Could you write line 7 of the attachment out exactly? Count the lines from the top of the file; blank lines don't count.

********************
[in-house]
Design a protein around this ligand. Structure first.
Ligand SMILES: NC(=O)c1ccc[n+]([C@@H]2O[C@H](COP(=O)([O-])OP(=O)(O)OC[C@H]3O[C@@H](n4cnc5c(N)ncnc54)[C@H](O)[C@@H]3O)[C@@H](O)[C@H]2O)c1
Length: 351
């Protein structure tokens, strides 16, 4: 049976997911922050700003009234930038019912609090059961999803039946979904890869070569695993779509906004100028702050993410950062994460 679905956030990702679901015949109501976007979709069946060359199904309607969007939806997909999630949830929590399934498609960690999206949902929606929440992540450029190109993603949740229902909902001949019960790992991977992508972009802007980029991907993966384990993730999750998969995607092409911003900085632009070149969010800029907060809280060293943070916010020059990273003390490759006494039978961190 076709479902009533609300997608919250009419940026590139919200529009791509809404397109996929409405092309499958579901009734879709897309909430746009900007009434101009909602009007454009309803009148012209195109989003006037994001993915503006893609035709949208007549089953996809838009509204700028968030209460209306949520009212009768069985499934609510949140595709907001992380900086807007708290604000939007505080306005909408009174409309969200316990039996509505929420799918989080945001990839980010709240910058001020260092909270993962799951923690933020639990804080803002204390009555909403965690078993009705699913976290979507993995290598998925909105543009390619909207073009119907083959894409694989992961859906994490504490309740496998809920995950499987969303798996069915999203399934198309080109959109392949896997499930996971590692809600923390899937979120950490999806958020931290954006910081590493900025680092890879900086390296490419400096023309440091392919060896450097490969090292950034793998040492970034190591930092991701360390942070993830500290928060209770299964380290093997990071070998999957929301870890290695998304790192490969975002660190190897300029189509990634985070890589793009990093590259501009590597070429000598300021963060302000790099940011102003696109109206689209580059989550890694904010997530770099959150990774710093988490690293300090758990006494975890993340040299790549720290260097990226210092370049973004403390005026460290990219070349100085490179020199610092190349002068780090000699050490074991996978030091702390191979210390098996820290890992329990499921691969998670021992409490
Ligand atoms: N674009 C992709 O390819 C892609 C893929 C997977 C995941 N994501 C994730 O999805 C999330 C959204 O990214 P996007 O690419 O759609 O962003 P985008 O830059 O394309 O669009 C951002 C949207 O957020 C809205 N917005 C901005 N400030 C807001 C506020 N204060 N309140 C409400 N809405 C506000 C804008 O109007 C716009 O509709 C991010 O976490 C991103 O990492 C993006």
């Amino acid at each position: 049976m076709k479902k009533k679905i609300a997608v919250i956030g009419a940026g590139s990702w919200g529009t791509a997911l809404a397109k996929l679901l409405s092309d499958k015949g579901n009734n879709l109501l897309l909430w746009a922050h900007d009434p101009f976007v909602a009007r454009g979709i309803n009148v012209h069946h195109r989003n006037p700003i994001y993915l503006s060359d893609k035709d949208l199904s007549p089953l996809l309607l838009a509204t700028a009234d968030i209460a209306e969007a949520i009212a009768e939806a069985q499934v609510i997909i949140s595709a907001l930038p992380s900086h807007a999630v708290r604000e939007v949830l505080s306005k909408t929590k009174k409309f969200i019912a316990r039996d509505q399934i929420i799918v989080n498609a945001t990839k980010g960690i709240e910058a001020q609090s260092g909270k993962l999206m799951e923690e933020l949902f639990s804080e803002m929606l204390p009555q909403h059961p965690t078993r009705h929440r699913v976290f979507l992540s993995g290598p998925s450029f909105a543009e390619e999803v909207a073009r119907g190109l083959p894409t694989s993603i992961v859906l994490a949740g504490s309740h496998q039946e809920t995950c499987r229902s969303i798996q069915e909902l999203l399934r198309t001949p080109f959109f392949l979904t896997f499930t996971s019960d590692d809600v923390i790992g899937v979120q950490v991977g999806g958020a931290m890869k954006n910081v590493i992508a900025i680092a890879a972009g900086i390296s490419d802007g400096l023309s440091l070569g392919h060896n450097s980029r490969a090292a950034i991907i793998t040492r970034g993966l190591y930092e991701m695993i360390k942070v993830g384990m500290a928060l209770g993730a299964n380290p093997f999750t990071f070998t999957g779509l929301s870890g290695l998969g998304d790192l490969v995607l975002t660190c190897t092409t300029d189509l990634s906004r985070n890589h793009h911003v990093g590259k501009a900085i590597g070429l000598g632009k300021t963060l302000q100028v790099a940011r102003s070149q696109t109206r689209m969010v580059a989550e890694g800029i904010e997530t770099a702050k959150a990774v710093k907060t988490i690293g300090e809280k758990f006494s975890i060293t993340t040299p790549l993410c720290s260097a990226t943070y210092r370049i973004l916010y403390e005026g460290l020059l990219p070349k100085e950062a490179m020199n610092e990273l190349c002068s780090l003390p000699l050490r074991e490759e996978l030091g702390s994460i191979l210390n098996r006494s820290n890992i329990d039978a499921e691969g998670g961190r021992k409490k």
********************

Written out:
């Amino acid at each position: 049976m076709k479902k009533k679905i609300a997608v919250i956030g009419a940026g590139s990702w919200g529009t791509a997911l809404a397109k996929l679901l409405s092309d499958k015949g579901n009734n879709l109501l897309l909430w746009a922050h900007d009434p101009f976007v909602a009007r454009g979709i309803n009148v012209h069946h195109r989003n006037p700003i994001y993915l503006s060359d893609k035709d949208l199904s007549p089953l996809l309607l838009a509204t700028a009234d968030i209460a209306e969007a949520i009212a009768e939806a069985q499934v609510i997909i949140s595709a907001l930038p992380s900086h807007a999630v708290r604000e939007v949830l505080s306005k909408t929590k009174k409309f969200i019912a316990r039996d509505q399934i929420i799918v989080n498609a945001t990839k980010g960690i709240e910058a001020q609090s260092g909270k993962l999206m799951e923690e933020l949902f639990s804080e803002m929606l204390p009555q909403h059961p965690t078993r009705h929440r699913v976290f979507l992540s993995g290598p998925s450029f909105a543009e390619e999803v909207a073009r119907g190109l083959p894409t694989s993603i992961v859906l994490a949740g504490s309740h496998q039946e809920t995950c499987r229902s969303i798996q069915e909902l999203l399934r198309t001949p080109f959109f392949l979904t896997f499930t996971s019960d590692d809600v923390i790992g899937v979120q950490v991977g999806g958020a931290m890869k954006n910081v590493i992508a900025i680092a890879a972009g900086i390296s490419d802007g400096l023309s440091l070569g392919h060896n450097s980029r490969a090292a950034i991907i793998t040492r970034g993966l190591y930092e991701m695993i360390k942070v993830g384990m500290a928060l209770g993730a299964n380290p093997f999750t990071f070998t999957g779509l929301s870890g290695l998969g998304d790192l490969v995607l975002t660190c190897t092409t300029d189509l990634s906004r985070n890589h793009h911003v990093g590259k501009a900085i590597g070429l000598g632009k300021t963060l302000q100028v790099a940011r102003s070149q696109t109206r689209m969010v580059a989550e890694g800029i904010e997530t770099a702050k959150a990774v710093k907060t988490i690293g300090e809280k758990f006494s975890i060293t993340t040299p790549l993410c720290s260097a990226t943070y210092r370049i973004l916010y403390e005026g460290l020059l990219p070349k100085e950062a490179m020199n610092e990273l190349c002068s780090l003390p000699l050490r074991e490759e996978l030091g702390s994460i191979l210390n098996r006494s820290n890992i329990d039978a499921e691969g998670g961190r021992k409490k």